Minimum time window needed to capture frequencies

1. Dec 8, 2014

Mindscrape

I'm pretty sure there have to be some theorems out there, but I am probably not putting in the right search terms to be able to find them. Here's the problem:

I have a signal uniquely composed of a finite summation of standing wave sinusoids (well there's some DC and other background, but let's ignore those). Let's say I sample at some rate NT, and that my highest frequency is NT/2 (so I'm good on Nyquist). However, let's also say that I can only watch this signal for some time $\tau$, so I'm really only detecting $\tau=NTp$ (where p is number of samples) time overall.

So let's actually ignore the discrete time samples for a second, in continuous time I would see
$$g(t)=\sum_{N=1}^p \cos(\frac{2\pi \nu t}{N})$$

So on one hand, how much time do I have to sample for to pick out all the correct frequencies. But, additionally, given that I am actually only measuring steps of NT seconds (sample and hold) does this affect the consequences of having a finite time window to measure all these beats correctly. Spectral leakage is pretty close to what I'm looking for, but not quite.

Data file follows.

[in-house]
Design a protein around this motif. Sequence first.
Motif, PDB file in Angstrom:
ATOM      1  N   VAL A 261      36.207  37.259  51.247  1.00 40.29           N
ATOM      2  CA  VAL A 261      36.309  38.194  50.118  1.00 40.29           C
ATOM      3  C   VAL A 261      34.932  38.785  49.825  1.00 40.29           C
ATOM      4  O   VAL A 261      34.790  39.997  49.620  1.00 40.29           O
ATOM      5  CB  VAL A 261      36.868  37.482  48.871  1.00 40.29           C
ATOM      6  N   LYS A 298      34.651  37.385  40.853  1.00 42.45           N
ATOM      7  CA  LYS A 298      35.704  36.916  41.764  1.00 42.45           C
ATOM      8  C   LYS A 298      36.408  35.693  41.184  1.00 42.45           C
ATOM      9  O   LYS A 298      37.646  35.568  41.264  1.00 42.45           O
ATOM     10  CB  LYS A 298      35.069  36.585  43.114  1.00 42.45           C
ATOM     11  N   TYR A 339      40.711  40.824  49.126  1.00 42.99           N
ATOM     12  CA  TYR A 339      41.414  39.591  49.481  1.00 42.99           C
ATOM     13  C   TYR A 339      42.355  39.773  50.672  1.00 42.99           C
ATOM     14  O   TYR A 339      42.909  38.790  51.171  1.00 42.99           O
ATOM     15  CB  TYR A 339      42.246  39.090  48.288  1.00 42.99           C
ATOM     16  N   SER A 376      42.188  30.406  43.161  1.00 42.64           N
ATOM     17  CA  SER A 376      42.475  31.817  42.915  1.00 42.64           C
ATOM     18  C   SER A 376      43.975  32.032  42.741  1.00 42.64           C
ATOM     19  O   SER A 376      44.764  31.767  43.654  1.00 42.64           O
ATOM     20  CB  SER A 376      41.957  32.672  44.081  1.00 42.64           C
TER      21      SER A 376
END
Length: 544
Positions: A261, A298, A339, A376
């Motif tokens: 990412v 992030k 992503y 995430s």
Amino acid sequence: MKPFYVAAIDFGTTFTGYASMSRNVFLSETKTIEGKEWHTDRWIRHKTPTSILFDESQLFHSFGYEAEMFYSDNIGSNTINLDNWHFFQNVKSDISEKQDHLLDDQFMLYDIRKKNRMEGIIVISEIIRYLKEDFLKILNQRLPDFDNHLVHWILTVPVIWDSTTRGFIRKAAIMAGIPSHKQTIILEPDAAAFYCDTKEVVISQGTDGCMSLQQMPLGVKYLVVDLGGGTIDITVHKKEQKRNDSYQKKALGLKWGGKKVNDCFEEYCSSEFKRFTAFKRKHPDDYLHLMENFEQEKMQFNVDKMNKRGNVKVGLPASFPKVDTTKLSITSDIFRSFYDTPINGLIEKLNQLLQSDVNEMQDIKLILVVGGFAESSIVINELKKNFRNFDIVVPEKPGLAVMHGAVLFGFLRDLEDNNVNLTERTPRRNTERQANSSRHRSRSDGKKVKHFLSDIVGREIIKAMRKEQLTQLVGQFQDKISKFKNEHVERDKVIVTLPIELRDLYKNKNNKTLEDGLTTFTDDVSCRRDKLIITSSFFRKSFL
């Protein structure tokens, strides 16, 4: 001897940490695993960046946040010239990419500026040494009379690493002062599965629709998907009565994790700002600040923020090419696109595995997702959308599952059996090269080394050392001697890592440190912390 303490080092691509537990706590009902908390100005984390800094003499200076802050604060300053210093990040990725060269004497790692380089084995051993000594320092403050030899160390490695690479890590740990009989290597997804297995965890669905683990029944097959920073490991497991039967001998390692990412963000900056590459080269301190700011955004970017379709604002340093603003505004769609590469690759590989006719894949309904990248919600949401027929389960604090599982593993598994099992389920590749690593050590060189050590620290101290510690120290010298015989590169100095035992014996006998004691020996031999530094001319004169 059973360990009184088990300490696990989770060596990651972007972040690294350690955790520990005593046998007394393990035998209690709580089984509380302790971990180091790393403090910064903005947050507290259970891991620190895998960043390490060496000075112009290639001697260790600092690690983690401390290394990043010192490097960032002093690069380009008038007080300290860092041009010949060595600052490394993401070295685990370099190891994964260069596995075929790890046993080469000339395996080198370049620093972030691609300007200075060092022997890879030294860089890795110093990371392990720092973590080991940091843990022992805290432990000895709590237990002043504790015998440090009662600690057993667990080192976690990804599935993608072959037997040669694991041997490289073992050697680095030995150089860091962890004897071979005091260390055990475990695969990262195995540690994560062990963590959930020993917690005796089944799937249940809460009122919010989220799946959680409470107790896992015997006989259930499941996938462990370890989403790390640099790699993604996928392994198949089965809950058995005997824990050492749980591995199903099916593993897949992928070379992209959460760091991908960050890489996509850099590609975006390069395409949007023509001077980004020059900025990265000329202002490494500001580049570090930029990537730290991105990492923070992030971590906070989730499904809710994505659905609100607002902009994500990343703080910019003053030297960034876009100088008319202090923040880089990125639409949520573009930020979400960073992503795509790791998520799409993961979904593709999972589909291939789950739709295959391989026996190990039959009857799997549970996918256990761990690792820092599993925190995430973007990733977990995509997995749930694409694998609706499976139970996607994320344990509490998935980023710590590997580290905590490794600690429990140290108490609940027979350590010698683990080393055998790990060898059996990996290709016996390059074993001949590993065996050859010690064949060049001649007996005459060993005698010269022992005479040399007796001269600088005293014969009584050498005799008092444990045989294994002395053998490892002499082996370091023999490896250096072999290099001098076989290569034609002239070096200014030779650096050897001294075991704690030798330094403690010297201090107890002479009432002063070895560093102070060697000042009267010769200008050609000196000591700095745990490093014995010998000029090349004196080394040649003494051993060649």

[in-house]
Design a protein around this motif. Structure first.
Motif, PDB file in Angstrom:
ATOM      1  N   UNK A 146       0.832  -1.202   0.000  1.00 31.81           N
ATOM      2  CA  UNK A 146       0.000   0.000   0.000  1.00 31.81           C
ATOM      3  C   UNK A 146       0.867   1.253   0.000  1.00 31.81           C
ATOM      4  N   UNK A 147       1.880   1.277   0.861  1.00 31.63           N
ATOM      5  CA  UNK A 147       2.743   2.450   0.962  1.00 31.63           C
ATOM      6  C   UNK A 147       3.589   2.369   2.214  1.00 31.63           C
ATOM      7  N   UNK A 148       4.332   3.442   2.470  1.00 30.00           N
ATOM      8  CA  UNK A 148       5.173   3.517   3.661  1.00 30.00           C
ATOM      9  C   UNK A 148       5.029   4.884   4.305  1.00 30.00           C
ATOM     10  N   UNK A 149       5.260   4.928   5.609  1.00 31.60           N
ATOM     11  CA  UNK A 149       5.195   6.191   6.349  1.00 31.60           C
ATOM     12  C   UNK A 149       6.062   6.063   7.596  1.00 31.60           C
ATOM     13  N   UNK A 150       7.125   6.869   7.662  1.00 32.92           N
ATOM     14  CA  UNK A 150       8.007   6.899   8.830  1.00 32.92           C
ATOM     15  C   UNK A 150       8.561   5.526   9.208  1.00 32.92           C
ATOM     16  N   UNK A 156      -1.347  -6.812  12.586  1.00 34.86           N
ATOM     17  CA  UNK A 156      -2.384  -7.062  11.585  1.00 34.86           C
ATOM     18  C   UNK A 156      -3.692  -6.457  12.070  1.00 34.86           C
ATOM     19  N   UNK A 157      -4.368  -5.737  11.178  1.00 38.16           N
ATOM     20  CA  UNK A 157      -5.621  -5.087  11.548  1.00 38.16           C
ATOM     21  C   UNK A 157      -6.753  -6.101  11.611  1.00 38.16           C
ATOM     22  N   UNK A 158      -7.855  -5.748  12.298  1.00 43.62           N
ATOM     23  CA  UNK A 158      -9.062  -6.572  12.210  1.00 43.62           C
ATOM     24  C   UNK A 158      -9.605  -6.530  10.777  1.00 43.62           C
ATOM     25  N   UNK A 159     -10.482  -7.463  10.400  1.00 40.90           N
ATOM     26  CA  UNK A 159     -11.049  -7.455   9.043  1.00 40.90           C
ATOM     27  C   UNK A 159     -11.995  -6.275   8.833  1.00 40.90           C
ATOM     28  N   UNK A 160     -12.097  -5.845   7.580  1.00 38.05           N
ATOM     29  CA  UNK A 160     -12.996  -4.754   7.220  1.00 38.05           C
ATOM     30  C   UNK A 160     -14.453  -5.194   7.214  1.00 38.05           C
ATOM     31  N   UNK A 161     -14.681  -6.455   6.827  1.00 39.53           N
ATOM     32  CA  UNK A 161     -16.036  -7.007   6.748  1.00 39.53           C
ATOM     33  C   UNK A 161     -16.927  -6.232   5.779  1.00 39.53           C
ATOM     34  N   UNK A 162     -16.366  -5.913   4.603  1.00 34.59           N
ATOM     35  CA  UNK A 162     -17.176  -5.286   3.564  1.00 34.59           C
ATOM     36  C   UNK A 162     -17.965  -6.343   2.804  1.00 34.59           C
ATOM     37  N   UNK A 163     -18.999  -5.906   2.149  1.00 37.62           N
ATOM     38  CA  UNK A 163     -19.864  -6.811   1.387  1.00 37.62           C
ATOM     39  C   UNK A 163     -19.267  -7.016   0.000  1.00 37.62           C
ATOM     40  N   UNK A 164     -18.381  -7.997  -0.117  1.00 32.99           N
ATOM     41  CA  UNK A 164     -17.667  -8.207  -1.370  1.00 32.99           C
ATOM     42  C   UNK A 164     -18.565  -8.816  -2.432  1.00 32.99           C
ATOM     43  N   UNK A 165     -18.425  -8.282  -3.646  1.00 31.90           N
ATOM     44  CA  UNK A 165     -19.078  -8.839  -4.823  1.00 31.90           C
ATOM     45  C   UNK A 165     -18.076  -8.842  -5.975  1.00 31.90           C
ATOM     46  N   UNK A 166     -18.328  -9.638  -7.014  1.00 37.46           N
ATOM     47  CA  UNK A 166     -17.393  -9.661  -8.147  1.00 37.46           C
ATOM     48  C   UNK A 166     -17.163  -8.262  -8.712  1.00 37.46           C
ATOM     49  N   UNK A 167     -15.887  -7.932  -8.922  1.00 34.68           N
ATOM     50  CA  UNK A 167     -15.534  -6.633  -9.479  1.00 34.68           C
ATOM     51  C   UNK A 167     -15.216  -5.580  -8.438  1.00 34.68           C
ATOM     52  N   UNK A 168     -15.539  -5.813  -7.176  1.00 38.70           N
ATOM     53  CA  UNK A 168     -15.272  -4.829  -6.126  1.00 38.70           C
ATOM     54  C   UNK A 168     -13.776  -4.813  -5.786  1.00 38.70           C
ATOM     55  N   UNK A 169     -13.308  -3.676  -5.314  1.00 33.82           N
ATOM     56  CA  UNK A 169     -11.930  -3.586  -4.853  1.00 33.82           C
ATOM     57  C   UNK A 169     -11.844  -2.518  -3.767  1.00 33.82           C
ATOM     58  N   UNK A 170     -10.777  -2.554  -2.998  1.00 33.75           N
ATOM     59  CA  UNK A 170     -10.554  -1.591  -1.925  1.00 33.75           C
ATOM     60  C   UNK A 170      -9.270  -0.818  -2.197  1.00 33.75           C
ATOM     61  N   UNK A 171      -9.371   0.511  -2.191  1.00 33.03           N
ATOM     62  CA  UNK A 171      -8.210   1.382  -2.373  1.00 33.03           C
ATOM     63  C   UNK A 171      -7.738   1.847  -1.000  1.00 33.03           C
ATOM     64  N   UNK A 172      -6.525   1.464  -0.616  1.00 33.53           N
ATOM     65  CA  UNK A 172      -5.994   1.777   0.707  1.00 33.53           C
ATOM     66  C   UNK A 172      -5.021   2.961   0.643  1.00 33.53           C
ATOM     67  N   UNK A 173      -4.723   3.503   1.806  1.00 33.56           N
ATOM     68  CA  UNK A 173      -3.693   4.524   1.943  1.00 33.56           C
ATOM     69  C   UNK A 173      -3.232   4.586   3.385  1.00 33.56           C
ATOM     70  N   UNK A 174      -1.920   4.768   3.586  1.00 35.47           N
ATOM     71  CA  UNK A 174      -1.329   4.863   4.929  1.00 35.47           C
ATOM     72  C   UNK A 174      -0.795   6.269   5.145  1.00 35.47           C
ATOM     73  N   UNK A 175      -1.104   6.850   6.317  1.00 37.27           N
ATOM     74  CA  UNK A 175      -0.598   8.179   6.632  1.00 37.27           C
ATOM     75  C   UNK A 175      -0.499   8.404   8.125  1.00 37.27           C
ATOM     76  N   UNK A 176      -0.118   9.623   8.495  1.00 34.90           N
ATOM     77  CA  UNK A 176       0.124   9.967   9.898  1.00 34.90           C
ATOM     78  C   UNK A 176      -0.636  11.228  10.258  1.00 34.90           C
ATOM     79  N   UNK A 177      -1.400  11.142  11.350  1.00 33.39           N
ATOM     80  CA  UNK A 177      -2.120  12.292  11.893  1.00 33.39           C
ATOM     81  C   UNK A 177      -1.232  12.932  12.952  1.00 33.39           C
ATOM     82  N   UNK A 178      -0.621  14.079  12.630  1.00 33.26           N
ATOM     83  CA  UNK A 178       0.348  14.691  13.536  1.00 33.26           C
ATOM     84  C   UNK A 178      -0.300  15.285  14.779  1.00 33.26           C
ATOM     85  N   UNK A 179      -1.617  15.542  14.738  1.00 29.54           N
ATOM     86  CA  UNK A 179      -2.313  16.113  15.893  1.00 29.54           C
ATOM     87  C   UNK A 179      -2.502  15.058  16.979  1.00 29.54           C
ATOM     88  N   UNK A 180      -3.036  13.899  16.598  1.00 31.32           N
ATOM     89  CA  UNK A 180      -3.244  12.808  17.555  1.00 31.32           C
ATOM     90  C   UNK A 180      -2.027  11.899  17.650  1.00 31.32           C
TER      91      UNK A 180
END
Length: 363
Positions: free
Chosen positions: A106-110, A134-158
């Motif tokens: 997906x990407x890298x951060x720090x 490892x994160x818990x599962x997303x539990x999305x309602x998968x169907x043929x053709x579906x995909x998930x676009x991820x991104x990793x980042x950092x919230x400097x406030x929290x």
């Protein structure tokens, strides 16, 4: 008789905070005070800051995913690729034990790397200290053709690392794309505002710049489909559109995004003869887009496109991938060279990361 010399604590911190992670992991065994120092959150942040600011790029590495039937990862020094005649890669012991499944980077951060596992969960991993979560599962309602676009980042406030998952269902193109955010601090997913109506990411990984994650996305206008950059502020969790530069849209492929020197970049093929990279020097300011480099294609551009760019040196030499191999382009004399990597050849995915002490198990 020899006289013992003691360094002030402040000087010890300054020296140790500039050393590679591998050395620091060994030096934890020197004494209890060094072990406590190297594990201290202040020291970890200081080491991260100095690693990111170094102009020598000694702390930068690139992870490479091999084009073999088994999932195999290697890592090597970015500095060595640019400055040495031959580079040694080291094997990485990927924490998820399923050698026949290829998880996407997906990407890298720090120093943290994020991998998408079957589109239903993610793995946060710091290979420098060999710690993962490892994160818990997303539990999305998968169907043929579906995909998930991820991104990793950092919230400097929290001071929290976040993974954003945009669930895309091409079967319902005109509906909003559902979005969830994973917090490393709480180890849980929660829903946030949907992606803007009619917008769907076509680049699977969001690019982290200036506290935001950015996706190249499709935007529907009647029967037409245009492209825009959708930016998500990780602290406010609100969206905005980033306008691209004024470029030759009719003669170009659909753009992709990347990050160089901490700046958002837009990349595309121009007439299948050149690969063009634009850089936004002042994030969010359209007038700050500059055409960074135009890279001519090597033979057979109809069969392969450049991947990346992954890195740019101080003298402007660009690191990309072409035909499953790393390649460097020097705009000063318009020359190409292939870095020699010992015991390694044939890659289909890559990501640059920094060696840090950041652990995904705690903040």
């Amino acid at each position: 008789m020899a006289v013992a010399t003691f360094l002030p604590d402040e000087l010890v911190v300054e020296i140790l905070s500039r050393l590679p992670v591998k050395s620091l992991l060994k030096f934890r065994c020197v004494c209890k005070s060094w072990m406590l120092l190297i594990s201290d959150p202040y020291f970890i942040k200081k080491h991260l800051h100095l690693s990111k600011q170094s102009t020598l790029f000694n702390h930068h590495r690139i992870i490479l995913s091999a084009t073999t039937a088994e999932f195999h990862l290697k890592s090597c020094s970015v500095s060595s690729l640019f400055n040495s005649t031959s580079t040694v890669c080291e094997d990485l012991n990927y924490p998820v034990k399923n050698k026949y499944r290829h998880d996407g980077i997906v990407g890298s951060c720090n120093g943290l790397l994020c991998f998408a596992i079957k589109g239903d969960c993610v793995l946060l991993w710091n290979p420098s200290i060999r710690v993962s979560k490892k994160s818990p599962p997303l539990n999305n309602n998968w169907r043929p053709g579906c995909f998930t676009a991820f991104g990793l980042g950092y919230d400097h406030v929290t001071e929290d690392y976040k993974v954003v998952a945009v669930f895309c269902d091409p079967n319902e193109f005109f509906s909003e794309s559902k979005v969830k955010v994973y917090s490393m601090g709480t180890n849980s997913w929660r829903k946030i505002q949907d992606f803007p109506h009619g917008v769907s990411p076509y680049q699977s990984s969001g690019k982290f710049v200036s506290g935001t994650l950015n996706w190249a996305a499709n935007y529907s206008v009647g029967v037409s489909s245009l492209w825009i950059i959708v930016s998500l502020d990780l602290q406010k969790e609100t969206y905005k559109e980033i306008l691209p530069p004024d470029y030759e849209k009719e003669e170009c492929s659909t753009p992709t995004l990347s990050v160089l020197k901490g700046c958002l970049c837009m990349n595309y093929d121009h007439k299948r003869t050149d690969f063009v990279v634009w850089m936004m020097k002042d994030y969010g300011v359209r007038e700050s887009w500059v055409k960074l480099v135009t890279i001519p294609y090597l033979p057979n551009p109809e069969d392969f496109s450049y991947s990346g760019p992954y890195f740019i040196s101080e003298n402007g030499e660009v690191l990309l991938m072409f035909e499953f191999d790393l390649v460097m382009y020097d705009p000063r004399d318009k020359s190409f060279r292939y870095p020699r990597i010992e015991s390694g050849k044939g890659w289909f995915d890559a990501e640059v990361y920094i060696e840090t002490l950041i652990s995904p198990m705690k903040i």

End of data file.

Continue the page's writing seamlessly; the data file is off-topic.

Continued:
2. Dec 9, 2014

Staff: Mentor

You get p equations, so in general you can solve for p unknown variables. As you limit your highest frequency in the right way, I would expect that the system always has a unique solution (even if it might be ugly in terms of numerics). It's a different question if that solution corresponds to your actual signal, that will depend on the type of waves you fit to the data points.

3. Dec 11, 2014

FactChecker

The phrase "pick out" frequencies is misleading. Assume that all frequencies are below the Nyquist frequency. Given an infinite time to sample, the amplitude errors for the frequencies will be 0. Given less time, the amplitude uncertainty will be larger. So "pick out" is not the right way to say it. They will be detected, but with amplitude uncertainty. I can not remember the name for sampling within a time window. Maybe someone can help.